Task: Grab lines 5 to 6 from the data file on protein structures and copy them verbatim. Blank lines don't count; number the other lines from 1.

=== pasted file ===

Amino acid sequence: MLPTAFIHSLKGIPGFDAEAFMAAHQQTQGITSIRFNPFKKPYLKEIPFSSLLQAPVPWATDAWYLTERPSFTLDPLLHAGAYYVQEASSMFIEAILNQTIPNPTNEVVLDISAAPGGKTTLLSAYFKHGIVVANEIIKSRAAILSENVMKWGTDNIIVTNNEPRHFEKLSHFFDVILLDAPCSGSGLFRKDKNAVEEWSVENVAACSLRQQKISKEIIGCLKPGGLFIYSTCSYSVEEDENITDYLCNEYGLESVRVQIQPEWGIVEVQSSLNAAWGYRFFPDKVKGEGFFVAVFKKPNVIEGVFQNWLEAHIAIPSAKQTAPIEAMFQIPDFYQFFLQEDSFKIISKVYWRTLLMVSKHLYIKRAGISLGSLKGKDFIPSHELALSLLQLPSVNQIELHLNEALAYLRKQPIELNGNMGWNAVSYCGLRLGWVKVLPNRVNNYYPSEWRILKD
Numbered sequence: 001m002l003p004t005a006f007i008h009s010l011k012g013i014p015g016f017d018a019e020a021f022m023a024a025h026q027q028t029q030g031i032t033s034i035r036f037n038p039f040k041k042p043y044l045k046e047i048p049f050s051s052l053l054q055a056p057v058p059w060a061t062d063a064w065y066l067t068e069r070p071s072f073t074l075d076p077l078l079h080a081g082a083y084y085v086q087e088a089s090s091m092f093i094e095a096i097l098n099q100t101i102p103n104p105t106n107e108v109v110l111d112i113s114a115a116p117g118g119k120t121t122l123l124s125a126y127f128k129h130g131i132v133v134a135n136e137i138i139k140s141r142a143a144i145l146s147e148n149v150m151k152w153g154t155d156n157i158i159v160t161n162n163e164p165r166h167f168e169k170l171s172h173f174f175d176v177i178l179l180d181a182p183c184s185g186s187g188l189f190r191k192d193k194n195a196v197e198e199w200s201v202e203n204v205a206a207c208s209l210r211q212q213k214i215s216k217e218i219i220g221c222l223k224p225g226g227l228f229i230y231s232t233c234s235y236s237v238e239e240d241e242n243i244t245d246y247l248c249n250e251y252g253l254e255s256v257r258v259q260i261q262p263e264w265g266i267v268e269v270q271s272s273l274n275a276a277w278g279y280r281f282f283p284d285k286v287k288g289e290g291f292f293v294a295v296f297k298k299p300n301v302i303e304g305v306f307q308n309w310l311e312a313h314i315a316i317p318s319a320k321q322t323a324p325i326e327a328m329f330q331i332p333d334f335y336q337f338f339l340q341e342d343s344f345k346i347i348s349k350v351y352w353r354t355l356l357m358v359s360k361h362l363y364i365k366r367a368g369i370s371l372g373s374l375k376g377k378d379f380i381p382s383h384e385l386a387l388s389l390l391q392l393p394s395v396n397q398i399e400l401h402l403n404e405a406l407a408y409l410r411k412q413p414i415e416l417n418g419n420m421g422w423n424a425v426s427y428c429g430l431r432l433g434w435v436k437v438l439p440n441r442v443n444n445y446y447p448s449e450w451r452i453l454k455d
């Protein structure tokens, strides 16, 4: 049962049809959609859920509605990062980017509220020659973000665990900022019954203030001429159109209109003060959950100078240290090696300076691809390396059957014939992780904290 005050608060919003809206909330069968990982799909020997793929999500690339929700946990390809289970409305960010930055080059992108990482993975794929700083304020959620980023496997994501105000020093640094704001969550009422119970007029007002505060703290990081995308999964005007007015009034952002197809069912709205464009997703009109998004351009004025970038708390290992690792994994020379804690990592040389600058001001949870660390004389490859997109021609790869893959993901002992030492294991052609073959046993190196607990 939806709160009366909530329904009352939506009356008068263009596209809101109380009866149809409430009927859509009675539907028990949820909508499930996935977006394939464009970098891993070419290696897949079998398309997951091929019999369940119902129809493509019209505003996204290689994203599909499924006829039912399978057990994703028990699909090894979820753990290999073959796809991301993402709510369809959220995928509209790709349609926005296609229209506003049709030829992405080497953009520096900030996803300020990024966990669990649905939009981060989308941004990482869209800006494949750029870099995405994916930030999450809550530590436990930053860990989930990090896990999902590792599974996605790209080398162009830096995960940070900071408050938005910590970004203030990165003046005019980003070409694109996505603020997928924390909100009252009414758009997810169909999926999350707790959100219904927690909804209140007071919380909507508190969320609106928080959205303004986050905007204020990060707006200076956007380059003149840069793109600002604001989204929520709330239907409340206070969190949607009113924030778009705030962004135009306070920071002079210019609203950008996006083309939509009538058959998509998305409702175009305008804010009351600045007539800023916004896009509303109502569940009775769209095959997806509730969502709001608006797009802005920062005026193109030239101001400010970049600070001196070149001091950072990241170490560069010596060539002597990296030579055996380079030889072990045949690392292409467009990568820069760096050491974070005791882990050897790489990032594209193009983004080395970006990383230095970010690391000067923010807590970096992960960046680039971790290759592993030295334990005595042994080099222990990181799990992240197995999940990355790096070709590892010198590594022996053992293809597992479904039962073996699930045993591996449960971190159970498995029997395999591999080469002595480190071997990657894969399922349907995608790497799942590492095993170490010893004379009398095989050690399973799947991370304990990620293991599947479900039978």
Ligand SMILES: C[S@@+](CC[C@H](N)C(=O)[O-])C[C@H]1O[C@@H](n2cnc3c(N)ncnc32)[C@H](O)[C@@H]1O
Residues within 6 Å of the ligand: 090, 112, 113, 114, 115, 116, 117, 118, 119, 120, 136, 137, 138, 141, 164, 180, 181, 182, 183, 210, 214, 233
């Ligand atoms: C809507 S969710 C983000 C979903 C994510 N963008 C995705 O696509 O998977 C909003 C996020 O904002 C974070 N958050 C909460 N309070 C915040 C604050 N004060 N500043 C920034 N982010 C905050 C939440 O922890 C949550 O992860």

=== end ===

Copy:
Residues within 6 Å of the ligand: 090, 112, 113, 114, 115, 116, 117, 118, 119, 120, 136, 137, 138, 141, 164, 180, 181, 182, 183, 210, 214, 233
């Ligand atoms: C809507 S969710 C983000 C979903 C994510 N963008 C995705 O696509 O998977 C909003 C996020 O904002 C974070 N958050 C909460 N309070 C915040 C604050 N004060 N500043 C920034 N982010 C905050 C939440 O922890 C949550 O992860």